'Our mountain'

To maximise the view of ‘our mountain’ and our exposure to the sky, Frank has built a deck in the back garden, above our storeroom (yes, he really did build it himself, plank by laborious plank). Here we like to sit for sundowners at weekends and on public holidays when the weather is kind. To our north lies the beautiful park surrounding Emmarentia Dam, where we walk sometimes with the boys and the dog, and to our west lies the Westdene Dam, where we also visit occasionally, although we usually find a bigger attraction en route in the glasses of good wine waiting for us at the cosy restaurant of ‘Tosca del Sol’.

In front of ‘our mountain’, flanking it as it runs west to east, is a long, thin valley and riding the thermals of the valley air we sometimes see the white flocks of sacred ibis on their travels. At other times, if we are lucky, they actually fly over our heads as we sit on our deck, astonishing us with the utter silence of their wings, which in flight are almost as quiet as an owl’s. At these moments, just sitting on our deck between earth and sky is like a benediction.

Flying soundlessly overhead like a blessing

My parents live just on the other side of ‘our mountain’, about five kilometres as the crow flies. My mom (sometimes aided by my dad, and sometimes apparently hindered) looks after the children in the afternoons until I fetch them once I’ve finished work. Most days, I’m happy to report, my parents are smiling when I fetch the boys and I hear tales of the funny things that were said and done. Sometimes I see my dad walking in the area with his neighbour, Sam, as I’m en route to work in the mornings. I always stop for a brief chat and a laugh, and revel in the quiet comfort of this unexpected domestic encounter. It is another piece of the puzzle that is my charming green neighbourhood and my home.

And yet sometimes, as we sit on the deck with a gracious bottle of dry white wine, I may inspect the label and see that it comes from the Paarl area, and it brings a little pang. While ever-conscious of counting my blessings, I look over then at ‘our mountain’ and wish, somewhat ungratefully, that it was a little bigger.

Or maybe even a lot bigger, with a long purple shadow and three glistening outsize pearls on its summit. Oh to have my cake and eat it too, and simply transplant the house. I’m sure I could persuade my parents to relocate.

Weekday mornings are not the same as they used to be

I’ve recently re-discovered the music of Barbra Streisand and have been playing it loudly in my car on the way to work. And singing along too, also very loudly. Which as any ‘Babs’ friend (and yes, I am sure she and I would be friends, if we had ever met) knows is the best part: the loud singing along to this awesome amazing voice, which so effectively drowns out your own feeble cheeping noises that you can pretend that Barbra’s voice is actually yours. It’s a great fantasy.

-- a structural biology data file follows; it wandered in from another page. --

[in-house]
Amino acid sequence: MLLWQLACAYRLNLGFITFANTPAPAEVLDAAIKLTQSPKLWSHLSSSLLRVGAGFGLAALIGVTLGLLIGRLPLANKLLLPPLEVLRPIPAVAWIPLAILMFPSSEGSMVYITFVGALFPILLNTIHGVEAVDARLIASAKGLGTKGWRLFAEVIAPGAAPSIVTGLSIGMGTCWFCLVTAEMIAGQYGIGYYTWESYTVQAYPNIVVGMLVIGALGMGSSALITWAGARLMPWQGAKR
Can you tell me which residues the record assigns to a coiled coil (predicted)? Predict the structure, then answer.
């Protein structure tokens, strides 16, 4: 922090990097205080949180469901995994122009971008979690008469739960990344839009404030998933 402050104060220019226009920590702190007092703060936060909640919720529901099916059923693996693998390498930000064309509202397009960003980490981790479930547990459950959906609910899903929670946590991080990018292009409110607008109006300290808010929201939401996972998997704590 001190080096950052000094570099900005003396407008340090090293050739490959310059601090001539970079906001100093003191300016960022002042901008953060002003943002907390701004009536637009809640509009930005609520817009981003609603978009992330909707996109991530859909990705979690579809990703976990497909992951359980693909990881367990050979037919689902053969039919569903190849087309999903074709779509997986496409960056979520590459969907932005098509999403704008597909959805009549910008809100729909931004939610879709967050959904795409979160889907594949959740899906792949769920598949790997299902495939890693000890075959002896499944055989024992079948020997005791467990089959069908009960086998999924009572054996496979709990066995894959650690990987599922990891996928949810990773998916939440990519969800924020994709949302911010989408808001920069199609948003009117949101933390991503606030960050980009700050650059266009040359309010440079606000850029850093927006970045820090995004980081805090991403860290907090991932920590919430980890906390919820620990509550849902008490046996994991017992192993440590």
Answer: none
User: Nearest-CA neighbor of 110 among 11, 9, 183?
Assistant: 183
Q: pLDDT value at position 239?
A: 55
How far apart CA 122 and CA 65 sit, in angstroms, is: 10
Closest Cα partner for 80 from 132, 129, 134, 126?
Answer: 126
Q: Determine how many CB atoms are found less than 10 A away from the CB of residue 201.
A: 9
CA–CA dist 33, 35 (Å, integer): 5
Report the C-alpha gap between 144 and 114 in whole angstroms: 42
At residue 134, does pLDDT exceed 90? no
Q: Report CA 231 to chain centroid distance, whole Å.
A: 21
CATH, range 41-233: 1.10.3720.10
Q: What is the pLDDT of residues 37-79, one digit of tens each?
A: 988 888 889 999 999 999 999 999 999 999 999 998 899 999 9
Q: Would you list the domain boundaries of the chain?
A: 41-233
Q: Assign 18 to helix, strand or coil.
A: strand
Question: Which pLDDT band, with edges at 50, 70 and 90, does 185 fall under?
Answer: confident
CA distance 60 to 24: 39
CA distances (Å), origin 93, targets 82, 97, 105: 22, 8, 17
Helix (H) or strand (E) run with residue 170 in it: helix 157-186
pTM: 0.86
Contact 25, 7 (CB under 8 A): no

So anyway, Barbra and I sing very loudly all the way to work these days, once I have dropped off my two boys at pre-school (Matthew) and ‘big school’ (Liam). Where matters are currently quite interesting.

Matthew, aged four, has a girlfriend. Little ‘T’ is a tiny-boned, fragile-bodied child with flaxen hair (truly, it’s not often you get to write ‘flaxen’ and be accurate) down to her waist. Her eyes are a pale ethereal blue and her skin is porcelain fair (again, I use ‘porcelain’ and am entirely accurate). With her exquisite face, she looks like she has just stepped out of fairyland. And my Matthew, who is quite a pretty creature himself, even for a boy, is absolutely smitten.

Cicely Mary Barker's 'The rose fairy'

Lately, he likes to bring her flowers in the morning. Posies of rose buds that my mother makes up for him to hand over with as much love as if T belonged to her too.

And Liam, six-almost-seven, thinks it is just too icky for words. This ‘love stuff’. He cringes at the mere mention of it and tries to block his ears. Certainly this was his reaction when we were taking a drive one day recently, when all the schools were still on holiday. In the interests of revving up some back-to-school enthusiasm, I said brightly to my smallest son: “So, Matthew, who do you think will be back at school tomorrow for you to play with?”

“T…,” chirped Matthew confidently (as if there were any shadow of a doubt). “Because she loves me and I love she.”

I was so surprised and touched, I nearly drove into the pavement while trying to stifle a sudden burst of what would surely have been very inappropriate and hurtful giggles.

“Aaaaauuuuuggggggggghhhhhhhhhhh! Accccccckkkkkkkkkkkkkk!” roared Liam from his spot in the back seat beside Matthew, trying to block his ears and simultaneously making vomiting noises.

Upon which Matthew got very offended and started punching him forthwith, so that was the end of the icky love stuff. For a few short days, that is, until everyone was fully in the swing of the back-to-school energy that always seems to flow at the beginning of a new term.

We were visiting my parents on the second Sunday after school had begun when Matthew requested one of my mother’s famous roses from her garden. For T…. To take to school the next morning. Ignoring the loud vomiting and roaring noises from his older brother, he took possession of a rosebud with a very satisfied look on his face as we drove off home.

Sadly, though, when we got home we discovered that the little rosebud had got a bit battered during the short car journey, probably due to the proud manner in which he was clutching it safely to his chest. I decided to ask my mom to let us have another one the next morning. After all, when giving flowers, it should be done right, right? With flair and panache and above all pristine floral specimens.